Photo by Jo Jakeman on Flickr.

“Controlled choice” for DC schools?: An education think tank sponsored a panel discussion on how (or if) we can create a school assignment system that would create more socioeconomic diversity. (Fordham Institute)

Or too few good choices?: One DC parent concludes that charters can’t solve the problem of educational inequity. (The Atlantic)

Too much of a crapshoot: Another DC parent bemoans “the soul-crushing purgatory” that is the DC school lottery. (Washingtonian April issue; not yet online, and then available only to subscribers)

Testing the tests: Students in Maryland and DC will soon be field-testing a new standardized test based on the Common Core curriculum guidelines. (Post)

More homeless students: Their numbers have been growing in DC’s public schools, reflecting a nationwide trend. (WAMU)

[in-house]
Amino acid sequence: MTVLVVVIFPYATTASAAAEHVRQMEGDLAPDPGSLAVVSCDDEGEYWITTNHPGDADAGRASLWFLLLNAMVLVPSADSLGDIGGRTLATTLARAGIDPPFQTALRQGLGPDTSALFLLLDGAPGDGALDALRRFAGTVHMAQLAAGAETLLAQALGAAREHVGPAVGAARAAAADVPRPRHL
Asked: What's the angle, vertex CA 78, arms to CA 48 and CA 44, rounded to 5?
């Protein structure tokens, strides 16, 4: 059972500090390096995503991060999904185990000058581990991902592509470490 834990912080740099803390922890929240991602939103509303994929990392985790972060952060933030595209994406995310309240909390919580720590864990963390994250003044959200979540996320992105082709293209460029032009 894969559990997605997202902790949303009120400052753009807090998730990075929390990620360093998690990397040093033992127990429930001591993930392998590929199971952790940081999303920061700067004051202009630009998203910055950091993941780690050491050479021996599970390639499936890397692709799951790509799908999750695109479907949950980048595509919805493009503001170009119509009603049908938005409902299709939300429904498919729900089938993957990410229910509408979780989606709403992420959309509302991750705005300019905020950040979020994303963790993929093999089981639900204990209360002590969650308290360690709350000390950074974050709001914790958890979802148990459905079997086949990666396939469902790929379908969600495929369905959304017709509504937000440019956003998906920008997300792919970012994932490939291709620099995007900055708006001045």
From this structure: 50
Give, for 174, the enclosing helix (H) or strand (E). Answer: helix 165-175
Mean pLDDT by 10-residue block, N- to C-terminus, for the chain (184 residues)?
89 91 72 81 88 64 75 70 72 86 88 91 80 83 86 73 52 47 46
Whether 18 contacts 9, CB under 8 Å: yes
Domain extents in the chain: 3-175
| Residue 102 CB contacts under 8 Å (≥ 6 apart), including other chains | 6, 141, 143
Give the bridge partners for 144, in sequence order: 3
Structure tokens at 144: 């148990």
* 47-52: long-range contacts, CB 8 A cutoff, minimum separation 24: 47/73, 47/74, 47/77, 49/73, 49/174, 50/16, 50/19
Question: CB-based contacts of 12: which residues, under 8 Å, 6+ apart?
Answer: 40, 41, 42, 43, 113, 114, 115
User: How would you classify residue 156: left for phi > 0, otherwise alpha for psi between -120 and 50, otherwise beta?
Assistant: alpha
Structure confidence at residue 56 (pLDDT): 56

Snow day aftermath: The loss of instructional time could have consequences for struggling students, college-bound juniors, and others. (Post)

“Traditional” schools drawing students: Magnet schools in the DC suburbs that enforce behavior and dress codes and adopt a more teacher-directed approach to instruction have proved popular. (Post)

Literacy tutoring gets results: An independent evaluation of a Minnesota program that is similar to one in DC has found that it significantly boosted students’ performance. (Corporation for National & Community Service)

Grant for music therapy class: An innovative class for students with emotional disabilities at a Fairfax County high school won a grant from the Grammy Foundation. (Post)

Racial inequality in schools: A federal study shows that minorities are more likely to be suspended and less likely to have access to advanced courses and experienced teachers. (NY Times)

Starting early to close achievement gap: A program in Providence, RI, uses home visitors and recorders to encourage low-income parents to speak more, and differently, to their young children. (NPR)

Is college for everyone?: Michael Petrilli argues that we need to stop acting like it is and start focusing on better alternative pathways for some students. (Flypaper)